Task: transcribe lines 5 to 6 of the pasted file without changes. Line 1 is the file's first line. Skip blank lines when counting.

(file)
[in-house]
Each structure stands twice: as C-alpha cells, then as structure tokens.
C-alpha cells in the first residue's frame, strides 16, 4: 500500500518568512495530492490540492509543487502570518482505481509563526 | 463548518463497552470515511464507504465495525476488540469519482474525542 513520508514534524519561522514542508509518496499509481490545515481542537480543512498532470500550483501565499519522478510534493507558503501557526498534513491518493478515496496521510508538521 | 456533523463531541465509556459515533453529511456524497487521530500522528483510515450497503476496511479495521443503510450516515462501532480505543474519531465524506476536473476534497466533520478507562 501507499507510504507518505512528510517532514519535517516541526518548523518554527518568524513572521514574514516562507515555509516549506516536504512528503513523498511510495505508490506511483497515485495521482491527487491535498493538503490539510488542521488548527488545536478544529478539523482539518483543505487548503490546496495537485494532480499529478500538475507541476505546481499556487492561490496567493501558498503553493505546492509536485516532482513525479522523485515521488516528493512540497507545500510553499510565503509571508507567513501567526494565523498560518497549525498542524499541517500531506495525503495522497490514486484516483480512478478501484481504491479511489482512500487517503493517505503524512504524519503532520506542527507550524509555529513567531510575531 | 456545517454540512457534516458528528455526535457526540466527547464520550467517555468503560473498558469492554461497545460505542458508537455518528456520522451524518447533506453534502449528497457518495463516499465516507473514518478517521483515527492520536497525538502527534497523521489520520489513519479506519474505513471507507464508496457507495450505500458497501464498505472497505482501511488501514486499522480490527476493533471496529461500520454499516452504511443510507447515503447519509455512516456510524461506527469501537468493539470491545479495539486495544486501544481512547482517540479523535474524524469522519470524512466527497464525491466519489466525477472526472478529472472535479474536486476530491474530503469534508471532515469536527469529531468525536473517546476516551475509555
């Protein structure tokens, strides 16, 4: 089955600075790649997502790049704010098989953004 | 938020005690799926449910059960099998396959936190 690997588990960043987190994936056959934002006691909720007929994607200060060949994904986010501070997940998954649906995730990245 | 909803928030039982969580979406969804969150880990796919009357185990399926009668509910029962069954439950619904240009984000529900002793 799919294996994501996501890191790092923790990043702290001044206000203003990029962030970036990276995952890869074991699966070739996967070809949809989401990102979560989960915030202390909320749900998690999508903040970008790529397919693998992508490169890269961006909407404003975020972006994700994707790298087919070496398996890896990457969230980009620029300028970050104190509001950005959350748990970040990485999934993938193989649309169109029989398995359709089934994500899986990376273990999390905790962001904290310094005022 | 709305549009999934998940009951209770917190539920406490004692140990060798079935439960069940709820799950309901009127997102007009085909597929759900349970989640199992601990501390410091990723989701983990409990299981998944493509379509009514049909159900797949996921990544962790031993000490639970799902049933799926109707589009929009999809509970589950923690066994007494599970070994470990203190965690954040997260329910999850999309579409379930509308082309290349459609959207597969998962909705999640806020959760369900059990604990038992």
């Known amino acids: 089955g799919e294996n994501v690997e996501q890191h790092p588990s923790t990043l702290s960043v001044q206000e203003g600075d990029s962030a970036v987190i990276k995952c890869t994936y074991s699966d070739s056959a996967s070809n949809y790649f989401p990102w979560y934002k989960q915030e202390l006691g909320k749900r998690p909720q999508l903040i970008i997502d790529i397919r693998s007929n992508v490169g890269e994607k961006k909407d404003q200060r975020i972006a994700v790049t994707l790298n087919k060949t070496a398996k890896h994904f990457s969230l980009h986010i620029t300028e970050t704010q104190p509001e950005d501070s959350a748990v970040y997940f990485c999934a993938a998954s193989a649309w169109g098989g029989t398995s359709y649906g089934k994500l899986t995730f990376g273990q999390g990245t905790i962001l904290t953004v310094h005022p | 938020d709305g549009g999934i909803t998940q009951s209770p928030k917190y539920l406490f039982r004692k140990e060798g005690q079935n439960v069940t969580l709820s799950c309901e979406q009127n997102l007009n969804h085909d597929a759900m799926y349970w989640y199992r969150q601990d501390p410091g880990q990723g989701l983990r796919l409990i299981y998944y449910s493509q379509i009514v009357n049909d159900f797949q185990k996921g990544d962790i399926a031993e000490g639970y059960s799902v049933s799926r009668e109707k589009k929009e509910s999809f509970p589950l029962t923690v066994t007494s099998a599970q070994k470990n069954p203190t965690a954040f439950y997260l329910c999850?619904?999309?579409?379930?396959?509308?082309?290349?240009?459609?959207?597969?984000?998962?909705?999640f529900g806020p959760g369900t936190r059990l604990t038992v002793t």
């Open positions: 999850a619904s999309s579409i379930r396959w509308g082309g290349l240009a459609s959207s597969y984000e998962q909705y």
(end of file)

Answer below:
């Known amino acids: 089955g799919e294996n994501v690997e996501q890191h790092p588990s923790t990043l702290s960043v001044q206000e203003g600075d990029s962030a970036v987190i990276k995952c890869t994936y074991s699966d070739s056959a996967s070809n949809y790649f989401p990102w979560y934002k989960q915030e202390l006691g909320k749900r998690p909720q999508l903040i970008i997502d790529i397919r693998s007929n992508v490169g890269e994607k961006k909407d404003q200060r975020i972006a994700v790049t994707l790298n087919k060949t070496a398996k890896h994904f990457s969230l980009h986010i620029t300028e970050t704010q104190p509001e950005d501070s959350a748990v970040y997940f990485c999934a993938a998954s193989a649309w169109g098989g029989t398995s359709y649906g089934k994500l899986t995730f990376g273990q999390g990245t905790i962001l904290t953004v310094h005022p | 938020d709305g549009g999934i909803t998940q009951s209770p928030k917190y539920l406490f039982r004692k140990e060798g005690q079935n439960v069940t969580l709820s799950c309901e979406q009127n997102l007009n969804h085909d597929a759900m799926y349970w989640y199992r969150q601990d501390p410091g880990q990723g989701l983990r796919l409990i299981y998944y449910s493509q379509i009514v009357n049909d159900f797949q185990k996921g990544d962790i399926a031993e000490g639970y059960s799902v049933s799926r009668e109707k589009k929009e509910s999809f509970p589950l029962t923690v066994t007494s099998a599970q070994k470990n069954p203190t965690a954040f439950y997260l329910c999850?619904?999309?579409?379930?396959?509308?082309?290349?240009?459609?959207?597969?984000?998962?909705?999640f529900g806020p959760g369900t936190r059990l604990t038992v002793t």
């Open positions: 999850a619904s999309s579409i379930r396959w509308g082309g290349l240009a459609s959207s597969y984000e998962q909705y």